In the latest post I examined the fundamental side of BitCoin, and concluded what points are missing to create an economically viable currency. We saw that the bubble phenomenon generally means that an asset’s valuation substantially diverts from its underlying utility to the upside. Hence the rally reflects a speculative mood, where the only reason of the purchase is to sell it to a higher bidder, and cannot be explained by the improved fundamentals of the asset. A typical instance is the equalizing prices of tulip bulbs and properties in Amsterdam during the peak of the mania. Even though the utility of a flower is a highly subjective matter, it is hard to believe that an entire market can be indifferent between adoring the beauty of a plant and having a shelter in the buzzing economic hub of the 17th century Netherlands. However, as the personal value or utility is absolutely subjective, it is hard to precisely define what is the turning point in an asset’s life where we can start to call it bubble. For example, today’s lofty price of crypto-currencies would be justifed if one would believe that they can actually replace their traditional peers in the longer run. Yet, their limited presence in commerce, lack of regulation and supporting financial system makes it a bumpy ride towards their mainstream use and stable demand.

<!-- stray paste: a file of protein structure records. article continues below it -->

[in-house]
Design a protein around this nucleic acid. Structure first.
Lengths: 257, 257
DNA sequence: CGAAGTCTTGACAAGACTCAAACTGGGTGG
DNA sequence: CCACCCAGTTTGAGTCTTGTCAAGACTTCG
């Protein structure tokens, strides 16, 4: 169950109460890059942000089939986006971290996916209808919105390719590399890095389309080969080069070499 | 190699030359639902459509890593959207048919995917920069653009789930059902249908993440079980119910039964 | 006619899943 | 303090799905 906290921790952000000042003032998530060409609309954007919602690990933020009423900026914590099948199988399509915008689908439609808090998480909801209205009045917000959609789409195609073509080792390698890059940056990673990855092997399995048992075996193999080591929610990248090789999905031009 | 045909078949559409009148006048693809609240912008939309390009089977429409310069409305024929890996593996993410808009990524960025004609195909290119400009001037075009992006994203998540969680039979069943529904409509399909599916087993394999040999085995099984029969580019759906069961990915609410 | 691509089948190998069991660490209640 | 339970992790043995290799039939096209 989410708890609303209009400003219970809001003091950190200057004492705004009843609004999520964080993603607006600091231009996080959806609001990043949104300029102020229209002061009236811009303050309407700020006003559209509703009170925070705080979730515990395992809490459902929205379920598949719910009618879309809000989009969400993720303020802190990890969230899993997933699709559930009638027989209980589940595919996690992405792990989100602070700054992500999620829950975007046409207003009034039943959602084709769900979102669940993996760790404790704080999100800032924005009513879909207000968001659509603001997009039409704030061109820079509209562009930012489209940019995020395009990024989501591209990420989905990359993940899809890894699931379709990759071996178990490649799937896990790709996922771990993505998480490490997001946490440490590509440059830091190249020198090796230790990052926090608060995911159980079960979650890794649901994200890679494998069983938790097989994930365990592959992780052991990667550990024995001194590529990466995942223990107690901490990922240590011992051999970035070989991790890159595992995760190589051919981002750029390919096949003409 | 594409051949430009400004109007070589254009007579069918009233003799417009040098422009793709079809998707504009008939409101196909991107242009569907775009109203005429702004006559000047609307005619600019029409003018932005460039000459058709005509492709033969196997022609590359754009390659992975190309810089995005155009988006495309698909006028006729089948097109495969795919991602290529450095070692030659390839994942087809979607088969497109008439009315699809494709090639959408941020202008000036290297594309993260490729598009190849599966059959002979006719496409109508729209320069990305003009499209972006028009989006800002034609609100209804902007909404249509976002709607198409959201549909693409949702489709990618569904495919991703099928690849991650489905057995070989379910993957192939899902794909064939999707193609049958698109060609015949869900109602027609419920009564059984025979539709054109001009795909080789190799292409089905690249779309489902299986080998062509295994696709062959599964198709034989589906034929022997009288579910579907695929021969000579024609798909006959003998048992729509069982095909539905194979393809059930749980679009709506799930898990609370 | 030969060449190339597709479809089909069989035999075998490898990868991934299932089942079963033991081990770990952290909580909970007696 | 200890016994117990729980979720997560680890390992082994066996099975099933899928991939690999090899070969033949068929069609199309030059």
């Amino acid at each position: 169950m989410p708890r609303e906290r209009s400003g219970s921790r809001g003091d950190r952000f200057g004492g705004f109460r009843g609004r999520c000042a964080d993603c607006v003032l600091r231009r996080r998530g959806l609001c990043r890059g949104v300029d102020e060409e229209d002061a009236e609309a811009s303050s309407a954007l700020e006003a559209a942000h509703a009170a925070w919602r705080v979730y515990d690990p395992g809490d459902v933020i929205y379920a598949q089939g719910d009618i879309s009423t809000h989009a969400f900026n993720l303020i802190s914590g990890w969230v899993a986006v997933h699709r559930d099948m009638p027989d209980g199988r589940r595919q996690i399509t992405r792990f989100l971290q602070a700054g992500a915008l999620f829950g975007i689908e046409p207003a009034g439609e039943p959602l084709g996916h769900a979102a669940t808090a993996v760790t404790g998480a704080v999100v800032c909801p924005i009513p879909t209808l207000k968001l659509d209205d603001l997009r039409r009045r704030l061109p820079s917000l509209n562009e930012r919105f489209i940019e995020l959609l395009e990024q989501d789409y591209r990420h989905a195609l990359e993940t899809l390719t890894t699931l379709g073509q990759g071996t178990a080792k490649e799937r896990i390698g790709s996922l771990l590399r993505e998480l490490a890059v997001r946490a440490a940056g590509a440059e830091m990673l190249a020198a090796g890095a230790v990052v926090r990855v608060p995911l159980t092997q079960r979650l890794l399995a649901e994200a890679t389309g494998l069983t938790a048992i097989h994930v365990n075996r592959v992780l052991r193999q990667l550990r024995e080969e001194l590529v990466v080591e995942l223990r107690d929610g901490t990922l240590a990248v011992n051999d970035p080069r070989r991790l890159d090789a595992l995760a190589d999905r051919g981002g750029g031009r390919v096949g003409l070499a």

Although investors’ expectations vary, are often based on subjective judgements, and can be subject to cognitive bias, there are signs which can raise the alarm if the end is near. I won’t bore the reader with the well-known effects of housewives and psychological cases of pensioners. Furthermore, I will also avoid graph analysis, even though some of these tools are also good precursors of upcoming sudden volatility. Instead, let me focus on two technical factors of investing: the appearence of competitors and the use of derivatives. As we will see, there is no exact correlation, but these factors can highly contribute to the rise and fall of new asset classes.
The jealousy of the competition
As the basic economic principle holds, the higher the price, the more willing people become to supply the concerned good (or service). Regarding financial markets, the big central banks partly tried to leverage on this oversimplified assumption after the financial crisis and great recession when they pressured the yield-curve. The higher the bond prices become, the more willing corporations will be to sell them to the public and obtain funds.
The case of crypto-currencies is not any different. As soon as potential suppliers realise the business opportunity and purchasing power of the markets behind cryptos, they will try and jump on board the hype-train to issue their own revolutionary virtual coins. While the total value of ICOs (Initial Coin Offering) barely touched the 62 million USD limit in 2016, the last calendar year brought an astonishing increase to 2 200 million USD for first time issuers.